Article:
Poinsett Ponderings: An Artist’s Life in The High Hills of The Santee Or There’s Snakes Up There

I was both honored and blessed to have served as Artist in Residence at Poinsett State Park in South Carolina last week. I just love this state and their parks are amazing. If you haven’t been you should. I had the privilege of staying in one of the newly renovated cabins built by the CCC during the depression. Blocks of Coquina, a conglomerate of sea shells proving South Carolina was once submerged under a great sea, were used as a building material for foundations, fireplaces and picnic shelters, making the architecture something special.

In exchange for staying in such beautiful accommodations, artists are required to provide the park with a piece of artwork within 3 months of their stay. These pieces are featured throughout the park in various cabins and the park office making it a very artistic place to make art. I had the notion before leaving Ohio that my textile piece would feature a Revolutionary War era figure of some sort, perhaps a certain Levi who apparently ran a mill on what now is Poinsett State Park.

Let’s face it, if like me you attended public school north of the Mason Dixon Line, you had no idea that the South was even involved in the Revolutionary War. All that business took place in New York, Philadelphia, Boston, Lexington or Concord, right? That is all we learned about in school. You probably never heard of Ninety-Six, Cowpens, The Battle of Charleston or King’s Mountain. Another reason to get out and enjoy our public lands and learn the real history of our nation. The South is just dripping with history including the prominent role South Carolina played in the birth of our country.

Earlier in the week I learned from one of the rangers that my information about Levi was inaccurate. He did run the mill, but not until the 1800’s. It was Mr. Matthew Singleton, lately of The Isle of Wight, in 1754 that is, who built and ran the mill, the ruins of which can still be seen today at one end of the lake. The lake and spillway were originally built by Matthew to flood the rice fields located between where the current park is situated and his plantation, Melrose,  just a few miles away.

Although the plantation has since burned to the ground, I was informed there was a historical marker and family cemetery containing the earthly remains of Matthew Singleton and his family at the site. I hope you never have the bad luck to be driving behind me when I spot a historical marker. Undoubtedly you will be cursing as I unexpectedly and rapidly veer off the roadway without advanced warning. So I just had to go.

I googled the directions to the Melrose site and headed out. I should mention two things here: get a block off the highway in this neck of the woods and you are on dirt roads, well red sand roads actually, and it had been raining for two days and two nights at this point in time. I headed out and proceeded down the road indicated on the map, it turned out to be red dirt with a few houses on the right. About a mile down the road the houses petered out and the road got narrower and wetter. Now growing up in the 50’s darn near every movie featured someone who had disappeared in quicksand leaving only a hat floating on the surface. I was pretty certain the scientific recipe for quicksand was one part sand, two parts water, which fairly accurately described current weather conditions. Prudently, I decided not to continue on in this particular adventure and drove in reverse a mile back down the road I came in on rather than become the star of my own movie.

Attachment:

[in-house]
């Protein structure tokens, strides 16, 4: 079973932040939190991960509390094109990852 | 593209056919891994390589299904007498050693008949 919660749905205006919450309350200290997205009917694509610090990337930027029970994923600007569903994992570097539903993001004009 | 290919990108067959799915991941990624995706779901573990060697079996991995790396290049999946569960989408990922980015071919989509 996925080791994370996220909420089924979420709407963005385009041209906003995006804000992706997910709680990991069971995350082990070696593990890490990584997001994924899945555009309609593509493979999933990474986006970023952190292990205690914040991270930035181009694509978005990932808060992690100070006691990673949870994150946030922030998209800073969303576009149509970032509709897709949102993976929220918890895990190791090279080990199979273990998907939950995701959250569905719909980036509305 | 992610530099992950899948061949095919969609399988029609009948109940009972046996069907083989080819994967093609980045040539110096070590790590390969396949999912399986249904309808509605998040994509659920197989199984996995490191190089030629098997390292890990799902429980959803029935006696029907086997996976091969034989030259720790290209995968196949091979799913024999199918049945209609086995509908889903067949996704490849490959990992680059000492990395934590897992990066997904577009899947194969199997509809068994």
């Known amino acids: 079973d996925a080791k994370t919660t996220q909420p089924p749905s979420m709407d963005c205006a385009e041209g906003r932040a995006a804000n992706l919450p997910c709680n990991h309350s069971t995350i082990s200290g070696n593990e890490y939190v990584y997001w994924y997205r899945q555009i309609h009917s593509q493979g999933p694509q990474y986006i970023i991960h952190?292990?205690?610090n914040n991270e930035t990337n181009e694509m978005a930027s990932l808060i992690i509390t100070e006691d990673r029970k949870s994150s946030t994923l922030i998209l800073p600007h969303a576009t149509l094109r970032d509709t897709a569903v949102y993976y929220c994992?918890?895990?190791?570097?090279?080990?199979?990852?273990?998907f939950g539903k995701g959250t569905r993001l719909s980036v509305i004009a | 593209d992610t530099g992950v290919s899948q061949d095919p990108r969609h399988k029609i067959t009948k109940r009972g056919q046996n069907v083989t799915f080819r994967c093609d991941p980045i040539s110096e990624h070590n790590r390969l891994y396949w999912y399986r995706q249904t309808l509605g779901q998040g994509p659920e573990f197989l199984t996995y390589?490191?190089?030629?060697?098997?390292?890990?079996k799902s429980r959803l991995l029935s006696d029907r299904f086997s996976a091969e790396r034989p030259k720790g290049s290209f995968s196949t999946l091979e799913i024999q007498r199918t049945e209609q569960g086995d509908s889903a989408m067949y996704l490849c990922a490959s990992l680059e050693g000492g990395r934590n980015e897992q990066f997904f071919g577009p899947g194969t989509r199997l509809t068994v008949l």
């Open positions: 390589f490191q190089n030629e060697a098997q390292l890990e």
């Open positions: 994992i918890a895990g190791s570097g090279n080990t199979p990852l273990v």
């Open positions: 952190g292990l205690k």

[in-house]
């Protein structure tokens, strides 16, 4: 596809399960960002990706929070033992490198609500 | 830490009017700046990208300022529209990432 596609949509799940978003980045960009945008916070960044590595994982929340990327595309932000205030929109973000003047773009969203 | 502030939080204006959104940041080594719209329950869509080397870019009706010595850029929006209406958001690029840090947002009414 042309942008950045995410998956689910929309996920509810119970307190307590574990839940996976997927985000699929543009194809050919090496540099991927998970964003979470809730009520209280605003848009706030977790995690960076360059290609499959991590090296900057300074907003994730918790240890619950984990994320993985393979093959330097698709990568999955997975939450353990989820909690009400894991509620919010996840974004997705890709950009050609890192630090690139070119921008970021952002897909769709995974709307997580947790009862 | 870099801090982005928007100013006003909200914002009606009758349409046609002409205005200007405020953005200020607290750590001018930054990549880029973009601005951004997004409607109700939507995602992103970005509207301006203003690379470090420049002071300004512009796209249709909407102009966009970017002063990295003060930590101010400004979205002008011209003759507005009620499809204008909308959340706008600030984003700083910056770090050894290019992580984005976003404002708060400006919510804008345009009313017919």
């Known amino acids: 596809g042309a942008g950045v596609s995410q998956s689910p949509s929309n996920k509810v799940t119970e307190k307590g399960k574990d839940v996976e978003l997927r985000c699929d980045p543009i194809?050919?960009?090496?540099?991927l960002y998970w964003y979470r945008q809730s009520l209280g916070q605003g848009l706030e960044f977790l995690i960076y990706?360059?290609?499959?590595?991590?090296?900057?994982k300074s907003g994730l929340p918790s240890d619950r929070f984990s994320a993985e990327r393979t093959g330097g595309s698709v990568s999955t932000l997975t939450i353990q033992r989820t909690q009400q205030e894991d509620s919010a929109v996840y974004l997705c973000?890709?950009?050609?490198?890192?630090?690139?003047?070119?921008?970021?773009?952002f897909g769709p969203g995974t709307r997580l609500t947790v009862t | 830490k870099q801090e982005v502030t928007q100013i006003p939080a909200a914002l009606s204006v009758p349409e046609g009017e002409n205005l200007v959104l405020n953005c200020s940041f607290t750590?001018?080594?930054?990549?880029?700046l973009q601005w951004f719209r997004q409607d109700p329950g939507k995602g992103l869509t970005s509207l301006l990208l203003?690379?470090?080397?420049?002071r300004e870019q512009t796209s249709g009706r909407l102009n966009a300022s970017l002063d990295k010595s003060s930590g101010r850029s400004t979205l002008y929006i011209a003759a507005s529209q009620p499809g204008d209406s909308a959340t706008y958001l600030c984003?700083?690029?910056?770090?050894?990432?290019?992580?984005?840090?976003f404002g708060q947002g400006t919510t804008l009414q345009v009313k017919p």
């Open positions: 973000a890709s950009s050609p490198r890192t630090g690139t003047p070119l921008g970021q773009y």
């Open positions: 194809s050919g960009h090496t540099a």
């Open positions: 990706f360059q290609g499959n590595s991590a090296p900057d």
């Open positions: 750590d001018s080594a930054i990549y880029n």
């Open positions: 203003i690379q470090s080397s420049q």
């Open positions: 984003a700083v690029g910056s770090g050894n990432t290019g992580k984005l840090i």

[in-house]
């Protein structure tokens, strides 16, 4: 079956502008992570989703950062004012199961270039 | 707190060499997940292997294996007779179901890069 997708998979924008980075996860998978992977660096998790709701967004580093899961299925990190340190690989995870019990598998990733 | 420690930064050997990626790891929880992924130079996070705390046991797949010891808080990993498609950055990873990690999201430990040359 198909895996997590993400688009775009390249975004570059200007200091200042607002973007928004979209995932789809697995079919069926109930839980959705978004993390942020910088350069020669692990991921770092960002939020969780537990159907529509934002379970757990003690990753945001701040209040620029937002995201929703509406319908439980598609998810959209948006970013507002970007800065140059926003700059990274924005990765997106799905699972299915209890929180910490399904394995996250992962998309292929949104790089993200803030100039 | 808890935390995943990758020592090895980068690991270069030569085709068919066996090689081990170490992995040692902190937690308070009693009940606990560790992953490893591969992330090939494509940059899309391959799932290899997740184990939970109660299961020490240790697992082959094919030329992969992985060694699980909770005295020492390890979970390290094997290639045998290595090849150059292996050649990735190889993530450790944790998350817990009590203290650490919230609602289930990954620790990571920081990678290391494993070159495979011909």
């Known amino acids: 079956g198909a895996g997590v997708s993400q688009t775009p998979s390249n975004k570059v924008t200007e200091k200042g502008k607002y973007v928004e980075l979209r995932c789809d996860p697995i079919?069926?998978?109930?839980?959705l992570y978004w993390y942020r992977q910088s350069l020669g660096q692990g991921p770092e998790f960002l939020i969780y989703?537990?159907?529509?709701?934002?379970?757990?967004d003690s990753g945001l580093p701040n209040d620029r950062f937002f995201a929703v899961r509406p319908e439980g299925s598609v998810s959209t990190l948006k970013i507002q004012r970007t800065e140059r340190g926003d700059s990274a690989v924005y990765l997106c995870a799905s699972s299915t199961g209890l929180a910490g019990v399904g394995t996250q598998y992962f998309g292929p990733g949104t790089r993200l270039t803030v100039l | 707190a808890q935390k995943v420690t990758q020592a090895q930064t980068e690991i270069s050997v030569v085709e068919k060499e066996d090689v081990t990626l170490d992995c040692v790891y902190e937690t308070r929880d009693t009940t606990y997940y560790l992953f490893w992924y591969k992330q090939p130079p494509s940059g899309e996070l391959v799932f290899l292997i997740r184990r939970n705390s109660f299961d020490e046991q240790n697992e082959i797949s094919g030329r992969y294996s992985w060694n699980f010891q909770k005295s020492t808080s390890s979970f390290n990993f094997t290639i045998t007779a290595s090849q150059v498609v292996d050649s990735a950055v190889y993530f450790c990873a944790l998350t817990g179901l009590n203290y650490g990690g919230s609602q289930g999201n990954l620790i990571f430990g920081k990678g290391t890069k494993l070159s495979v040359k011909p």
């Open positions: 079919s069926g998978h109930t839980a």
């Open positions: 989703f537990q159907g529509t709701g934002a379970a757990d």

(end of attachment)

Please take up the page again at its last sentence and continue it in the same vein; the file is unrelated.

Now all week-long everyone kept telling me I needed to meet Zabo McCants the head ranger. The next day I finally did and what a pleasure. I told him about my attempt at exploration and he confirmed my decision to change course as a wise one. He advised me that “they never mow the grass in the cemetery and there are snakes up there, (see my previous blog about snakes)” South Carolina boasts 6 varieties of venomous snakes: three different kinds of rattlers,  Copperheads, Coral Snakes and the notorious Cottonmouth. Point taken.

Zabo is quite a visionary and driven to excellence in everything he does. He takes great pride in his plans to  remodel the park’s cabins, even down to matching the color of the dish soap to the coffee mugs. He is a local boy done good and an authority on local history. Well he should be, he is a direct descendent of Brigadier General Richard Richardson, a Revolutionary War hero and patriot who hung around with the likes of The Swamp Fox, married into the Singleton family and had a run in with British villain Banestre Tarleton (check out the movie The Patriot with Mel Gibson for the gory details). He additionally informed me that whenever he goes up to the Melrose site he kits himself up in full state park uniform, “So that everyone knows who I am and why I am there.” Well if that is necessary for him, considering who his people are, what chance would I have had if the locals had found out that my “people” included a teenaged German private from Ohio named John Ruhl, who tagged along with one William Tecumseh Sherman as he marched to the sea? Another crisis averted and more fodder obtained for the piece I create for the park. What more could one ask for?